"It's just overwhelming," said Cleary, 24, of
More than two years since she graduated from
The reason they can't buy a house, Cleary said, is that their student loan debt is too high.
The Clearys offer a case study in what a growing number of economists fear: The weight of student debt is dragging down the housing recovery and overall economy.
In recent weeks, economists from Federal Reserve Chair
The earning potential for college graduates over time appears to justify the cost of education, but some experts say the short-term effect on the economy is cause for concern, as recent graduates put off buying homes and making other financial investments.
Cleary owes nearly
Their debt load is higher than the norm -- average debt for the Class of 2012 was
Seven out of 10 college students graduate with loan debt. Student debt is more than
Not for everyone
Even as schools consider financial models to control tuition increases that outpaced inflation, the economic drag of student debt raises questions about whether benefits of a college education justify the heavy burden of paying for it.
For some people, the answer is yes. But perhaps not for everyone.
"To me, there are some people that are not suited to an academic setting in college," said
Americans burdened with college loans lag their peers when it comes to accumulating wealth, according to a report from
Earning a four-year college degree remains a worthwhile investment for the average student, because higher earnings far outweigh the cost of a degree, according to a report this year from the Federal Reserve Bank of
Still, some people worry that the weight of student loans is widening the wealth gap in America.
Two people who begin with the same income can end up in vastly different financial situations, depending on how much they borrowed to finance their educations, said
Someone without debt can invest money in stocks, retirement or a home and get a jump-start on accumulating wealth that, over a decade, will put him or her at a significant financial advantage over peers who defer those investments to pay down loans.
"Part of it really is how much wealth you're able to start off with," Elliott said. "Student debt just eats away at that ability to have a reasonable amount of assets in the beginning, particularly low-income people."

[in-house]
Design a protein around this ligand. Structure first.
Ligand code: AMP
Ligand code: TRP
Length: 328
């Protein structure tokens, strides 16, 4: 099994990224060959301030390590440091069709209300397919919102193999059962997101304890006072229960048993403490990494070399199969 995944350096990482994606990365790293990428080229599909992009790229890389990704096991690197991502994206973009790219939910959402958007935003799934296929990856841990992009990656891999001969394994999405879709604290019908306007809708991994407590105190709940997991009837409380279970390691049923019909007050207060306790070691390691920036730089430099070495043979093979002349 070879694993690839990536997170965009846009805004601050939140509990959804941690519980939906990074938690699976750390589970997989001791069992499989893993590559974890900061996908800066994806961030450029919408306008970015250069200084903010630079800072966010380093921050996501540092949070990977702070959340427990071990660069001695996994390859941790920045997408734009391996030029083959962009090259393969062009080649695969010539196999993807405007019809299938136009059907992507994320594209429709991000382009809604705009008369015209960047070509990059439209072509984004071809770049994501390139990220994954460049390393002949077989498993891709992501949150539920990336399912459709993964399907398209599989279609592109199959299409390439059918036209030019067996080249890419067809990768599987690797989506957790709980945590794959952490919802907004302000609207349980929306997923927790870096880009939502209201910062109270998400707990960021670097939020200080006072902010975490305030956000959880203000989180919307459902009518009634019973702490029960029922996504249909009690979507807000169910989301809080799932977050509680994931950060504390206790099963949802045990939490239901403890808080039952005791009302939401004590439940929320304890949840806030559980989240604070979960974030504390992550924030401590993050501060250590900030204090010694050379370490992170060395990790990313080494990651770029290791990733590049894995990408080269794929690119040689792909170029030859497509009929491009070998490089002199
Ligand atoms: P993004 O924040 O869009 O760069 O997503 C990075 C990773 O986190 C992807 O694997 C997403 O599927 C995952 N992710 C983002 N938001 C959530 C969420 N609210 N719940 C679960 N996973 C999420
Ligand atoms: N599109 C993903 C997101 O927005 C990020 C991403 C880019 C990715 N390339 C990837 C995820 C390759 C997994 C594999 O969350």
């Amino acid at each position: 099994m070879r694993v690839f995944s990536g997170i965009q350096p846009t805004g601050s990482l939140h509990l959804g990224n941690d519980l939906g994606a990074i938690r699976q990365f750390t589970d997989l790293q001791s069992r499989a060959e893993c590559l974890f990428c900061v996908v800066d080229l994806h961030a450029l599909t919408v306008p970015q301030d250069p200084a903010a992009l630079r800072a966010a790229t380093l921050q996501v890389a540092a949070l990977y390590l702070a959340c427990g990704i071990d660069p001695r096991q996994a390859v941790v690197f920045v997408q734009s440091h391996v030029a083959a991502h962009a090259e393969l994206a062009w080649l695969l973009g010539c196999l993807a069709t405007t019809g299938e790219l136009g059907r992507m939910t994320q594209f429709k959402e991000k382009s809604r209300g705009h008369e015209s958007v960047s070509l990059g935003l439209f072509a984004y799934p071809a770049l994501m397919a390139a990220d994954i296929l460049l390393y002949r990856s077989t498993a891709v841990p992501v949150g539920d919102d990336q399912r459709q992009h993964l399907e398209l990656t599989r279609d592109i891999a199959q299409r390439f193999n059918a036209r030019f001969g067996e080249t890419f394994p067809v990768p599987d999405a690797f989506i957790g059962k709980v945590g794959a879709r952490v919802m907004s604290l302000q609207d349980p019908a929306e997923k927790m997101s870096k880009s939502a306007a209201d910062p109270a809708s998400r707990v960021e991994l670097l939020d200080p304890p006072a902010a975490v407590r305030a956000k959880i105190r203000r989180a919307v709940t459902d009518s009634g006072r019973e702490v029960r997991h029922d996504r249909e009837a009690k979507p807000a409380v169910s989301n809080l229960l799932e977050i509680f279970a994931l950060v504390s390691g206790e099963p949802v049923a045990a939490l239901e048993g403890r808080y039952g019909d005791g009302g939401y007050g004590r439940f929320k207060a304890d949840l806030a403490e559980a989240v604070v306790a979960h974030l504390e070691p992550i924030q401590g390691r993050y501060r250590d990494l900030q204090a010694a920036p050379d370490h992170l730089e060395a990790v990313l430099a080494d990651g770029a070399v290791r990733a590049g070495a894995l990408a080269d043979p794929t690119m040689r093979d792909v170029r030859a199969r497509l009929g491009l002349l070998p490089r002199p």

Not everyone needs to go to college, and some people, including
Elliott doesn't dismiss the value of community colleges, but he says promoting them as an alternative for people who cannot afford a four-year degree builds inequality back into the system.
"There is this general mindset that there is this choice. But when you say that, who are you talking to? You're essentially talking to low-income children, because you're not telling rich people, rich upper-income kids, 'Make a choice,' " he said. "So then you end up with this steering thing that exists, where you're putting high-achieving, low-income children in two-year colleges, which actually invests less in a student."
Sukits said that students and families need to be smarter. Spending two years at a community college and then transferring to a university can significantly lower the cost of attaining a bachelor's degree, he said.
Too often, students and families do not understand the real implications of borrowing to finance a degree that may not prepare a student to find a job after graduation, he said.
Students make decisions based on emotions, rather than considering the financial return on their investment.
"The word I hate to hear is 'passion,' " Sukits said. "If you're going to take on student loans, you should major in something that makes you marketable to get a job."
There is no doubt that recent graduates are taking on more debt even as they enter a difficult job market, said
"I still say the gains that they are going to experience -- they may not be immediate, but they are going to work out over the next 30 to 40 years of their working lives," Fry said.
Cleary acknowledges she was naive when she signed her loan applications. Loan officers told her that she would "have options" to reduce the cost of paying back her obligations, such as loan consolidation. She since learned that those options don't apply to her private loans.
She doesn't regret going to college. It is, after all, where she met her husband. Both have teaching certificates, and she hopes that, one day soon, she will find a job that puts her degree and teaching certificate to use.
"If I'd have known that I was only going to be making
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